Look at the picture below. What do you see ?
You’ll probably say “some pieces of metal”.
If you were looking at it for real, you would know where you were, and that might give you some more information, such as “it’s a display in the National Museum of Greece at Athens, with some pieces of metal”. If you read the inscription provided by the museum, you’ll probably add “4th century BCE iron points, Thermopylae”.
As you walk around Athens, this is not going to be the only thing you see, not by a long shot. There’s the Parthenon, of course, and the Forum, and many more. You will likely recall the most prominent ones just before drifting off to sleep that night.
You will return from your holiday, share your memories with your family and friends, download your million photographs, and gaze wistfully into the distance while you remember some exquisite moment. It’s a pretty safe bet that the iron points have faded from your memory completely – you might as well have never seen them.
Which is a real shame. Because what you saw there was something which should have been pretty memorable.
What if I told you that these iron points were the arrow tips recovered from the site of the great battle of Thermopylae between the Spartans and the Persians? You know, the one known so well from the movie 300?
Suddenly, this is awesome! This is incredible! This is something you will want to share enthusiastically, most likely prefaced by a “Did you know…?”
So what just happened here? Its called context, its what helps our brain make sense of the world, and, in a way, it’s the raison d’etre for this blog.
My early travel experiences were filled with awe and wild eyed wonder, but all the while, my brain functioned pretty much like yours did at the start of this post. Big things registered and stayed – the pyramids, Uluru, Big Ben. But I’m sure I looked at countless other fascinating things, most of which I struggle to recall. So much forest missed for the trees.
Enter THE BLOG. Aha ! Now I could collate information in one place online, share my experiences with family and friends, and make a memorable chronicle of my travels. Which basically is what it was – “I went here, I did this, I saw that”.
While uploading pictures to the blog however, I realised that there were a million pictures for which I had no memory whatsoever. I couldn’t even tell you where they were taken.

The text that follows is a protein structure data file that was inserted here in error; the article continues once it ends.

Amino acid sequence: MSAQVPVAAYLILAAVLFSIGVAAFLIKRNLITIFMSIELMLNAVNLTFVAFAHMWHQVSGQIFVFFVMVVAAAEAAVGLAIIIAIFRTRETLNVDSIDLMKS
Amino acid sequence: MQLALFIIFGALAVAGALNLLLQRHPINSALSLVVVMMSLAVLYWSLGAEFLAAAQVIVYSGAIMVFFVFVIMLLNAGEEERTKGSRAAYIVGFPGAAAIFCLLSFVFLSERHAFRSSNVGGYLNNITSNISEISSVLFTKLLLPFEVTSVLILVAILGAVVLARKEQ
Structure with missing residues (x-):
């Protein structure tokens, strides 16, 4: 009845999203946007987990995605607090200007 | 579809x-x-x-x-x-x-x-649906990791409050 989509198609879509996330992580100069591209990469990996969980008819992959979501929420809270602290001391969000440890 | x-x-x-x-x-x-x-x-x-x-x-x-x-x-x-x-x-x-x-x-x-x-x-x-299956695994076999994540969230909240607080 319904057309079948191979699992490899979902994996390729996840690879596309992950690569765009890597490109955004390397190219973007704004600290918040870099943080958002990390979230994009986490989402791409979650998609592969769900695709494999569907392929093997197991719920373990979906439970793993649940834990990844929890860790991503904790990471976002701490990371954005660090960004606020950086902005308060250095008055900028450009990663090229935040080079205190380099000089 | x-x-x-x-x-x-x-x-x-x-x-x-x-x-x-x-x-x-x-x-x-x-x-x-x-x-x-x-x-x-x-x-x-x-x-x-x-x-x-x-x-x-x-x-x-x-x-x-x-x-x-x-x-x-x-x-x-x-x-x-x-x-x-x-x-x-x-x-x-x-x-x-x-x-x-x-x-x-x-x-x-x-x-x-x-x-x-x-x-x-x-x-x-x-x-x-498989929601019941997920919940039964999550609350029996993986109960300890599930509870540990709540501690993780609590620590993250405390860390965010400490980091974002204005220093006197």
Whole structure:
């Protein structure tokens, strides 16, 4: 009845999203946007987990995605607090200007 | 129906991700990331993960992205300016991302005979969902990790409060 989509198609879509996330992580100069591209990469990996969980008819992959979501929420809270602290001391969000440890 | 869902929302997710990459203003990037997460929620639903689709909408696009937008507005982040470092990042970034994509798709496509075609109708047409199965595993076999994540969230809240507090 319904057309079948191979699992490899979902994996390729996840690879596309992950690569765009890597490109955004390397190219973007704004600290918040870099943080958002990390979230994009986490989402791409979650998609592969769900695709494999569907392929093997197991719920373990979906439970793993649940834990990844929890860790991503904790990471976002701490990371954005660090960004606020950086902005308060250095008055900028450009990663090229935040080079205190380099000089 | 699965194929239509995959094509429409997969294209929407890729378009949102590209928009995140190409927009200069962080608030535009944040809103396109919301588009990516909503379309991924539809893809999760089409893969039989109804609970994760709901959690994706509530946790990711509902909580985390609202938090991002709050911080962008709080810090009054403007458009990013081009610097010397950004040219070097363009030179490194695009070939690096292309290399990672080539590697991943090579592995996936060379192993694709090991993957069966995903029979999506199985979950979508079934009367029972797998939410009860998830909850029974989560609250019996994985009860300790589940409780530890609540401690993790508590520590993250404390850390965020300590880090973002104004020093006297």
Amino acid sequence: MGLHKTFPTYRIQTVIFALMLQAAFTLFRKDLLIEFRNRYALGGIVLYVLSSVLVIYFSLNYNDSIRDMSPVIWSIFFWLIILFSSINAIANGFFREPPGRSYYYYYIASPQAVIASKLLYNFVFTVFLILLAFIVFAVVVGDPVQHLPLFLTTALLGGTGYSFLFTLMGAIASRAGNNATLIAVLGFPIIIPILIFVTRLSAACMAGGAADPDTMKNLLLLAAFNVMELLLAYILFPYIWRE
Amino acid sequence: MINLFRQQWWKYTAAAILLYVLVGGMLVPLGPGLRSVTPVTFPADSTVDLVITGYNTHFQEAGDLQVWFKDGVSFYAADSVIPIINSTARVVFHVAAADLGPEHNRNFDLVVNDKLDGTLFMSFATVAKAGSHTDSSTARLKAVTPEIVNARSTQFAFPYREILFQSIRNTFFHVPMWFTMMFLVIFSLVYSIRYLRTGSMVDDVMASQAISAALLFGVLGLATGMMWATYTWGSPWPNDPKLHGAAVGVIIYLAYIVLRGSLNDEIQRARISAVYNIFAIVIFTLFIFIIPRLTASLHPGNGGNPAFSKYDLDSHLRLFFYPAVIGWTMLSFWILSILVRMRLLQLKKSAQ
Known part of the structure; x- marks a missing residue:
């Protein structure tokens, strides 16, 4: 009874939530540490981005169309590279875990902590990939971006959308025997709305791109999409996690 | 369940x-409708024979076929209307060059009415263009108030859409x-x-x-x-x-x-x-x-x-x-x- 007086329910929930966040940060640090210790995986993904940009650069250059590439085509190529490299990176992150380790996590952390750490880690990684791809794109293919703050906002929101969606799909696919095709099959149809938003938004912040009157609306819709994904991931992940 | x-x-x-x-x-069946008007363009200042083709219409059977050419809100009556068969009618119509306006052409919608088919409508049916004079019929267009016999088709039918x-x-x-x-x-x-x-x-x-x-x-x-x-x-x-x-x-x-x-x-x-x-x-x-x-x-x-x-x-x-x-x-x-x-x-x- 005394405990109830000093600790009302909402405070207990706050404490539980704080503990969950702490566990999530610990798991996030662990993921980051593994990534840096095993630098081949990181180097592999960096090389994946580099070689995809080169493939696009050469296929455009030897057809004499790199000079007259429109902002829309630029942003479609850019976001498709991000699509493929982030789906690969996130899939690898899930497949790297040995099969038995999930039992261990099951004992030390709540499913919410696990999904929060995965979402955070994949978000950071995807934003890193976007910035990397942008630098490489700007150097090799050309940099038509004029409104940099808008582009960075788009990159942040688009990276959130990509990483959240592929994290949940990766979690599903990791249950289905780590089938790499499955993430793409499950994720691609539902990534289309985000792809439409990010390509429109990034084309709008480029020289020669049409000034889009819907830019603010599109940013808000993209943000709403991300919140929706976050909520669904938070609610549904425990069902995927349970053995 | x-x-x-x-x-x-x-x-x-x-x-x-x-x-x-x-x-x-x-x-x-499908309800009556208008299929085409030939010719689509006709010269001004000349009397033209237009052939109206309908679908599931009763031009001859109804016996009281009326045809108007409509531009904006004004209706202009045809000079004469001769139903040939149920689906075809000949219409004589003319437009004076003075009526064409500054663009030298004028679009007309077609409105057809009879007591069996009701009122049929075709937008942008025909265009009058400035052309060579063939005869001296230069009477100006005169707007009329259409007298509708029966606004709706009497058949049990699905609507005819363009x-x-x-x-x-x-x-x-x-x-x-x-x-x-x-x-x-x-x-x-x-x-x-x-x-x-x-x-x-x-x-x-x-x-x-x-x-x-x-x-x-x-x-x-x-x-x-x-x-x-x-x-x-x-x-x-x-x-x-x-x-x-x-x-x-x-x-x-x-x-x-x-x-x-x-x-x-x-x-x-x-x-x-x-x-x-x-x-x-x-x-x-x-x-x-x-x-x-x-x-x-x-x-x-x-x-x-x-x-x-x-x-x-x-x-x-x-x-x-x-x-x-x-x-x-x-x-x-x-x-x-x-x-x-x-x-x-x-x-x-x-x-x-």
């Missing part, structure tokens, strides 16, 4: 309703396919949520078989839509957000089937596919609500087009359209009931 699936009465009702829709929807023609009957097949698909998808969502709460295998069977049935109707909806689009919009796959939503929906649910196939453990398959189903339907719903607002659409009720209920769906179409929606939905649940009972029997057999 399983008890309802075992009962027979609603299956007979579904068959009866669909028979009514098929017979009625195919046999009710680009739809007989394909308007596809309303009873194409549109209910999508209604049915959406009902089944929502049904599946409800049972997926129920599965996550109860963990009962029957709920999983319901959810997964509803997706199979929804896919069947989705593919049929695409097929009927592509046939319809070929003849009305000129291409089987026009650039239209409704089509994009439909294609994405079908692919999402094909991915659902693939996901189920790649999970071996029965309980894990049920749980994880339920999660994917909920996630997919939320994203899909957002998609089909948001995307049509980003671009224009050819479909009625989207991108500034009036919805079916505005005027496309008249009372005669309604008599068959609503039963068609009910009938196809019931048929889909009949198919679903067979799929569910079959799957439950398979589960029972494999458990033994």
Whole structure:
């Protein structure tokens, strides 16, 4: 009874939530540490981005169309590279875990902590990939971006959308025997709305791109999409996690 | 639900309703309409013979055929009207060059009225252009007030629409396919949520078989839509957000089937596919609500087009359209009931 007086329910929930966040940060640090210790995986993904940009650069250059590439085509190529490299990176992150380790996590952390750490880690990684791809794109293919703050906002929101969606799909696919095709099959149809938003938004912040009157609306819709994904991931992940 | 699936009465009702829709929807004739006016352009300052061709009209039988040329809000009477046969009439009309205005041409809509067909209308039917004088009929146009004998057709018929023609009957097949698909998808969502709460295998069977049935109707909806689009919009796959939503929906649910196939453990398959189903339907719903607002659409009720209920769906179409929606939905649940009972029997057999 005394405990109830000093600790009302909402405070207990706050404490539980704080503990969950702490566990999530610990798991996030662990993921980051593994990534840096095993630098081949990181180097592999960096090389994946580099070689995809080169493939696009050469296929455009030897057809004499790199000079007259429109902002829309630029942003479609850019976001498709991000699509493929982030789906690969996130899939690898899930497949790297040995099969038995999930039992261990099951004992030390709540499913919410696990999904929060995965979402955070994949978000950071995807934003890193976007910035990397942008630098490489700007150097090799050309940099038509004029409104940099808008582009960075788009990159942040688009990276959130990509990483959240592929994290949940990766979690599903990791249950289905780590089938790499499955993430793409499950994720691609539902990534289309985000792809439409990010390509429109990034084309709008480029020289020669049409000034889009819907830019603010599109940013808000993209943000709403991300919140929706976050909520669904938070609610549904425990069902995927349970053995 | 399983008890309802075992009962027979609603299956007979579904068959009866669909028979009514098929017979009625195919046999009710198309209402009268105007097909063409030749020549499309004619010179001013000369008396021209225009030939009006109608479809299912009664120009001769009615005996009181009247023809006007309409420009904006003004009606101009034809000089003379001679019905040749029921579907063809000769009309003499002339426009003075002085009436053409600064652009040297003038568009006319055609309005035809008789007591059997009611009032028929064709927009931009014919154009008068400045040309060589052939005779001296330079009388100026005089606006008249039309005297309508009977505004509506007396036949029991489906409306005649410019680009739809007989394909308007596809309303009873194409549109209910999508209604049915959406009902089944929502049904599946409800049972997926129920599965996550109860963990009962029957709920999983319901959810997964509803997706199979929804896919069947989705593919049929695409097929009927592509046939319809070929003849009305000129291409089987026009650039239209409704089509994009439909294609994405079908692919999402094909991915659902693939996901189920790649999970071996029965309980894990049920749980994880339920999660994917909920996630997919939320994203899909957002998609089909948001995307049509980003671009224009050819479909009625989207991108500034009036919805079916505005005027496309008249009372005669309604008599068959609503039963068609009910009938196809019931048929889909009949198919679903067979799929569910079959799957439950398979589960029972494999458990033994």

Hang on a minute! I did the research ! I trawled through the guidebooks! I hired personal guides at significant places! So what went wrong?
What was missing was context.
This blog has evolved from the realisation that context matters. Not lengthy, pedantic, factual overdoses, but the story. Everything we look at, every object, every place, even every person, has a story. It’s the story that makes what we are looking at interesting, relevant and memorable.
We may forget facts, we may forget details, but we never forget a good story. Its how we are wired. As David Mamet says, “The audience will not tune in to watch information. The audience will only tune in and stay tuned to watch drama”.
Not every story can be told, that’s neither possible nor practical. But some deserve to be. I hope you find many such stories as you wander around the pages of this blog, and hopefully, experience the awe I now feel when I stand in front of something that looks insignificant but I know is not.
That’s Dyscover 24×7, version 2.0. The mad dash to see it all has been tempered with patience. The frenetic diarizing has given way to looking with the mind’s eye and the heart’s touch. The flowery, hyberbolic descriptions and litany of enumerations have given way to pithy storytelling.
A few caveats. Opinions differ, facts change, weather is unreliable. Think of this more as a road map – check all necessary conditions before you set off.
So sit back, relax, and let me tell you a story…..